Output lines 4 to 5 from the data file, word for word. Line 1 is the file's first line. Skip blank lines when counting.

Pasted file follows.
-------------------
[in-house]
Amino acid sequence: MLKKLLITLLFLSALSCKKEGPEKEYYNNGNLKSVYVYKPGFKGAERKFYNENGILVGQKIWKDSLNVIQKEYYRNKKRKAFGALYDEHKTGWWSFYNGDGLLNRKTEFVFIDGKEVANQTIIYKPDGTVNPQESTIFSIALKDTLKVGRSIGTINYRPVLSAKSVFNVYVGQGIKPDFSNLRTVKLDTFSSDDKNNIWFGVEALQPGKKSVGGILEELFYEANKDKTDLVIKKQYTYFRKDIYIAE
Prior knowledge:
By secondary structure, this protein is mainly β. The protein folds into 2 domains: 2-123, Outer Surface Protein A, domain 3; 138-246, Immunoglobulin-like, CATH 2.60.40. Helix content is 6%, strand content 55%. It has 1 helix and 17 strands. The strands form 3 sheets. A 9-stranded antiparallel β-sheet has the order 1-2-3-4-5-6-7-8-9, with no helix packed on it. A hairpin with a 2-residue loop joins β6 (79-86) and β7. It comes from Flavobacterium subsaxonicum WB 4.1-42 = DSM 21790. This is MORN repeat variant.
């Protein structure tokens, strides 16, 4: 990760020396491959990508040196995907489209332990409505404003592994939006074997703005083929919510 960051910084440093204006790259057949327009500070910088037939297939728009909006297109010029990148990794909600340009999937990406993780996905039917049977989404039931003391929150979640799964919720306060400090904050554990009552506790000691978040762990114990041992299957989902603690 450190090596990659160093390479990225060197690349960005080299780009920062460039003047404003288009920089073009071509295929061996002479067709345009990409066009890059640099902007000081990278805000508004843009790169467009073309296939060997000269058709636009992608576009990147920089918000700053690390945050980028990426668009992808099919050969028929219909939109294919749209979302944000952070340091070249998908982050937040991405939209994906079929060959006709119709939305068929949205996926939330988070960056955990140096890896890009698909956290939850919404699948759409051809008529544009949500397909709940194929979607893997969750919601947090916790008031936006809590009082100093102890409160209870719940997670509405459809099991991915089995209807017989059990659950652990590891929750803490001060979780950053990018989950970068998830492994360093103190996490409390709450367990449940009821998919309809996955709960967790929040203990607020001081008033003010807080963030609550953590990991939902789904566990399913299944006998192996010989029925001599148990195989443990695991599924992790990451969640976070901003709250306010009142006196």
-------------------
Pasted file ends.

By secondary structure, this protein is mainly β. The protein folds into 2 domains: 2-123, Outer Surface Protein A, domain 3; 138-246, Immunoglobulin-like, CATH 2.60.40. Helix content is 6%, strand content 55%. It has 1 helix and 17 strands. The strands form 3 sheets. A 9-stranded antiparallel β-sheet has the order 1-2-3-4-5-6-7-8-9, with no helix packed on it. A hairpin with a 2-residue loop joins β6 (79-86) and β7. It comes from Flavobacterium subsaxonicum WB 4.1-42 = DSM 21790. This is MORN repeat variant.
């Protein structure tokens, strides 16, 4: 990760020396491959990508040196995907489209332990409505404003592994939006074997703005083929919510 960051910084440093204006790259057949327009500070910088037939297939728009909006297109010029990148990794909600340009999937990406993780996905039917049977989404039931003391929150979640799964919720306060400090904050554990009552506790000691978040762990114990041992299957989902603690 450190090596990659160093390479990225060197690349960005080299780009920062460039003047404003288009920089073009071509295929061996002479067709345009990409066009890059640099902007000081990278805000508004843009790169467009073309296939060997000269058709636009992608576009990147920089918000700053690390945050980028990426668009992808099919050969028929219909939109294919749209979302944000952070340091070249998908982050937040991405939209994906079929060959006709119709939305068929949205996926939330988070960056955990140096890896890009698909956290939850919404699948759409051809008529544009949500397909709940194929979607893997969750919601947090916790008031936006809590009082100093102890409160209870719940997670509405459809099991991915089995209807017989059990659950652990590891929750803490001060979780950053990018989950970068998830492994360093103190996490409390709450367990449940009821998919309809996955709960967790929040203990607020001081008033003010807080963030609550953590990991939902789904566990399913299944006998192996010989029925001599148990195989443990695991599924992790990451969640976070901003709250306010009142006196």